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With the exception of some very late issues (Han period), none have inner or outer rims.They appear to have been cast in reusable carved stone (steatite) molds, several of which still exist today.
While specimens of this larger issue weighing over and under 12 grams probably date to the same period, many collectors value the heavier specimens more highly. Specimens over 12 grams exist and command a premium price, but they are rare.
While the AVERAGE weight of an issue is closely tied to the diameter, the weights of individual specimens can vary so much (up to 200%) as to be almost meaningless (see our earlier discussion of weights).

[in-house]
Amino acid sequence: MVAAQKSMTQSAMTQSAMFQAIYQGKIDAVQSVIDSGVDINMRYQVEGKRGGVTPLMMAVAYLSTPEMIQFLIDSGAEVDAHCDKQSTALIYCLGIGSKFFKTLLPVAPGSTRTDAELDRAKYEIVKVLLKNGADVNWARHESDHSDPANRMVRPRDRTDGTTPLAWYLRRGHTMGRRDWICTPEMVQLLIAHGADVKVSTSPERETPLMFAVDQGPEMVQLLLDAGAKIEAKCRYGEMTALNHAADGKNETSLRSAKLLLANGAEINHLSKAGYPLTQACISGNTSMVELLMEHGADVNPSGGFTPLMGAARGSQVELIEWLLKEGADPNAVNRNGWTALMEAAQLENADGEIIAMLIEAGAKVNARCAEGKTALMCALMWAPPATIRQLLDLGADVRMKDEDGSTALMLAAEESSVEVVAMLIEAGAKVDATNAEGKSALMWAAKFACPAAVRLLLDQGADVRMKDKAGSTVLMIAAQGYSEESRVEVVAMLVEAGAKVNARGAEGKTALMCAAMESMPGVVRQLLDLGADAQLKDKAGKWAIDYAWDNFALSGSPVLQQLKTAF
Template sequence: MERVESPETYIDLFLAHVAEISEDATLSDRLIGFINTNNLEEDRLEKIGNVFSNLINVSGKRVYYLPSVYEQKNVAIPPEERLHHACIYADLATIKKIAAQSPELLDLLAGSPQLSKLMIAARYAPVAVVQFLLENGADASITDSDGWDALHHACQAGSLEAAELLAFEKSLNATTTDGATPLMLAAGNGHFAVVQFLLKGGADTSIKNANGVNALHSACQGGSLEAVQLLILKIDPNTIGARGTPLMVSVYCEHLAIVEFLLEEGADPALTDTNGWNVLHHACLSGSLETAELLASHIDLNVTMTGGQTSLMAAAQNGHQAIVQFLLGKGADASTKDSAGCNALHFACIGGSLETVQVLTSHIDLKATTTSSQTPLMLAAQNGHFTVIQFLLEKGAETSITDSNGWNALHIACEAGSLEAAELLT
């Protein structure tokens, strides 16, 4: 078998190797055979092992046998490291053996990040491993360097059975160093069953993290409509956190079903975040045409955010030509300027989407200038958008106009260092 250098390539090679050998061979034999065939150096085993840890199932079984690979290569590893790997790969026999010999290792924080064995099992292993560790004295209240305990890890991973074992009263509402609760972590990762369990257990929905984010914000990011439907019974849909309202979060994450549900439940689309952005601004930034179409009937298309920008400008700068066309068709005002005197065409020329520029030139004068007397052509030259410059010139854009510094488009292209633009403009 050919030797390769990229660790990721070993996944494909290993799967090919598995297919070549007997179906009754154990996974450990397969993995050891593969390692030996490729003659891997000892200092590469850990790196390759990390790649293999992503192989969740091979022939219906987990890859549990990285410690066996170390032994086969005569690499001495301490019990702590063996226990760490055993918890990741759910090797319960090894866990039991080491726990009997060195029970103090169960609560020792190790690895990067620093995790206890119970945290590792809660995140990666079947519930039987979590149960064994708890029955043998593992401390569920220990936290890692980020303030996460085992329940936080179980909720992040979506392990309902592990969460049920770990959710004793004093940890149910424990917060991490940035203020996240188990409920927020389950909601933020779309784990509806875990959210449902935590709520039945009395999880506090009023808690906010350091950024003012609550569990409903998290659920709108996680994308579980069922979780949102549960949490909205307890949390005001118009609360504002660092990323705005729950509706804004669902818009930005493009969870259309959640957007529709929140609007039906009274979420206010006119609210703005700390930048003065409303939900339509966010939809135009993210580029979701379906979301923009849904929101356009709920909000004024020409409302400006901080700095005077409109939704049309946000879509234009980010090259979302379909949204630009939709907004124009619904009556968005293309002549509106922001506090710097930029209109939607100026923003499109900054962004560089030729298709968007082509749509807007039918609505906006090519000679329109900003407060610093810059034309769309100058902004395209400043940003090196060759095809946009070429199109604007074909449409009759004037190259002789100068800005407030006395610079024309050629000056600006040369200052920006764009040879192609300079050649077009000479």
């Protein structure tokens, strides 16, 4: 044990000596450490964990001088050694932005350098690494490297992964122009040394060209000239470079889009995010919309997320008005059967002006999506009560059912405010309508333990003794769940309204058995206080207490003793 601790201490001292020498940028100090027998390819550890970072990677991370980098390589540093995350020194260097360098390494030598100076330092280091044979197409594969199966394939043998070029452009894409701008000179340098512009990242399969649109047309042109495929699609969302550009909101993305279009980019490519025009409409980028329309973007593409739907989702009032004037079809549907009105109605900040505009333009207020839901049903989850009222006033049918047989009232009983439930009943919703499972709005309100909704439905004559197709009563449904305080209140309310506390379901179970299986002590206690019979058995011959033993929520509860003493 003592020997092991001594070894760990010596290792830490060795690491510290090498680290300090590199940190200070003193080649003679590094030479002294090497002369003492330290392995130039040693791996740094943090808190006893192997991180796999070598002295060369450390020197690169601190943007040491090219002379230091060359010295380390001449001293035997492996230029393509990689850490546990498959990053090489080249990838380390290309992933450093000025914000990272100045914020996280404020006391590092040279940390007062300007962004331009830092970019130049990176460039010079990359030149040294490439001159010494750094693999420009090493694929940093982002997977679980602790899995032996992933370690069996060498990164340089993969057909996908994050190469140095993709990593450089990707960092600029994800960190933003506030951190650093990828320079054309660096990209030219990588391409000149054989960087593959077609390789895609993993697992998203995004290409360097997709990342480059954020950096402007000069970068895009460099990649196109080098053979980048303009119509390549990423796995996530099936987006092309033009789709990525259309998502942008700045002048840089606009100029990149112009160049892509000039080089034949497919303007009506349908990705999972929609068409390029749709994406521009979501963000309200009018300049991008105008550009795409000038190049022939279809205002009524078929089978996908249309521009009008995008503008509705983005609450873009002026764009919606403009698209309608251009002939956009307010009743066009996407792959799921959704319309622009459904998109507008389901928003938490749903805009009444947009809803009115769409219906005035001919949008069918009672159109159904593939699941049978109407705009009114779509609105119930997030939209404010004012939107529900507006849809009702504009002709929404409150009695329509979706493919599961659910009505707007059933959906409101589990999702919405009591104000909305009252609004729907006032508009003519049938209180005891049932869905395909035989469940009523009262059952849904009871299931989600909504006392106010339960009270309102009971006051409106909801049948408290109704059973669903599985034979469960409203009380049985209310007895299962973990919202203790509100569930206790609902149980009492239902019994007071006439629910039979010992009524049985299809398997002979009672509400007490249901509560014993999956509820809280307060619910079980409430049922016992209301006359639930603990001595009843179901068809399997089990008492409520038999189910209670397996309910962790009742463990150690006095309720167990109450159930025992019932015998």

Unfortunately, not enough dateable hoard or archeological evidence currently exists to work out the exact classification of the Pan Liang series, but the Records of Han provide a clue, stating that heavy Pan Liang were cast until about 187 BC.
The official records of Han suggest that the coins of this size were made continuously throughout the later Chin and early Han periods, and one probably cannot assign them specifically to one Dynasty or the other.
Pan Liangs under 30 mm can safely be assigned to the Western Han Dynasty and are discussed under that heading.